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This is a double entendre song named after the late-afternoon appetizer menu at the restaurant Clyde's Of Georgetown in Washington, DC, where they have a gold record from this song hanging in the bar. That's the official explanation at least: the other meaning is daytime sex. The inspirational menu heading read: "Afternoon Delights."
The Starland vocal band delivered 4-part harmonies with the married couple Bill and Taffy Danoff (Taffy Nivert after they split up), and another couple: Margot Chapman and Jon Carroll (the baby of the bunch, he was just 19 when the song was released). Taffy spiced up the stage banter when they performed this song, explaining that the title came from the menu, but adding some version of "...then Bill came home and we had our own Afternoon Delight. We wrote the song instead of having a cigarette."
Bill says the songwriting was far from sexy: he wrote it over the course of six months, often on Sundays when he was watching Redskins football. "All that energy coming out of the tube gets my creative juices flowing," he told People magazine.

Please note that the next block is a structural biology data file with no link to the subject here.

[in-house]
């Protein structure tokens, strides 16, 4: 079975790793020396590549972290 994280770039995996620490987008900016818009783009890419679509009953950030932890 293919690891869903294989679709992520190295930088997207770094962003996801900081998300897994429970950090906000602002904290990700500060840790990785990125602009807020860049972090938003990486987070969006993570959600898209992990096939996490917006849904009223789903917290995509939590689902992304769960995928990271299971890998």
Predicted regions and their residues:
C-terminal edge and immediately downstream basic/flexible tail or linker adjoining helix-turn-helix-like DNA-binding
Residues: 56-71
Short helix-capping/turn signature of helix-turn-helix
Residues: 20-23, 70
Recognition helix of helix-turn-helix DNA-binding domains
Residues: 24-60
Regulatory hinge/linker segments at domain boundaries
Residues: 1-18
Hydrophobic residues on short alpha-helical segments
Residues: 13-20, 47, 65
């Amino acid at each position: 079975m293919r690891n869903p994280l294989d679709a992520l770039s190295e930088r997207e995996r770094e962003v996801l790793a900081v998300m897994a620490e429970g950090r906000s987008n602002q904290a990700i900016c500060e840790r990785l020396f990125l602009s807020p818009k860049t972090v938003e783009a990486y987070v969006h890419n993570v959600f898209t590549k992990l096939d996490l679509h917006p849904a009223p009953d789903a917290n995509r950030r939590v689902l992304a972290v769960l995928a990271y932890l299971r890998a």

This was the only hit for the Starland Vocal Band, who won the Grammy for Best New Artist of 1976, beating out the band Boston. In a VH1 special on One-Hit-Wonders, Bill Danoff of Starland Vocal Band said: "We got two of the five Grammys - one was Best New Artist. So that was basically the kiss of death and I feel sorry for everyone who's gotten it since."
Starland Vocal Band was a newcomer, but the Danoffs had already released four albums, two under the name Fat City and two as Billy and Taffy. The Starland Vocal Band split up after their fourth album.
Despite having only this one hit, the Starland Vocal Band were given their own TV show called The Starland Vocal Band in 1977. An unknown comic named David Letterman appeared on the show.
Under the name Fat City, the group sang backup on John Denver's "Take Me Home Country Roads
." Bill and Taffy co-wrote the song. Denver helped get the Starland Vocal Band a record deal with RCA, where he had his own vanity label, Windsong Records.
From 1997-2007, Bill Danoff had his own restaurant in Washington DC called The Starland Cafe.
This was used in two 2004 movies that were set in the '70s: Anchorman and Starsky and Hutch. The Anchorman DVD contains a video of the cast performing the song, with an intro by Will Ferrell, who in his Ron Burgundy character says: "If you don't think this song is the greatest song ever, I will fight you." (thanks, Billy - Pittsburgh, PA)
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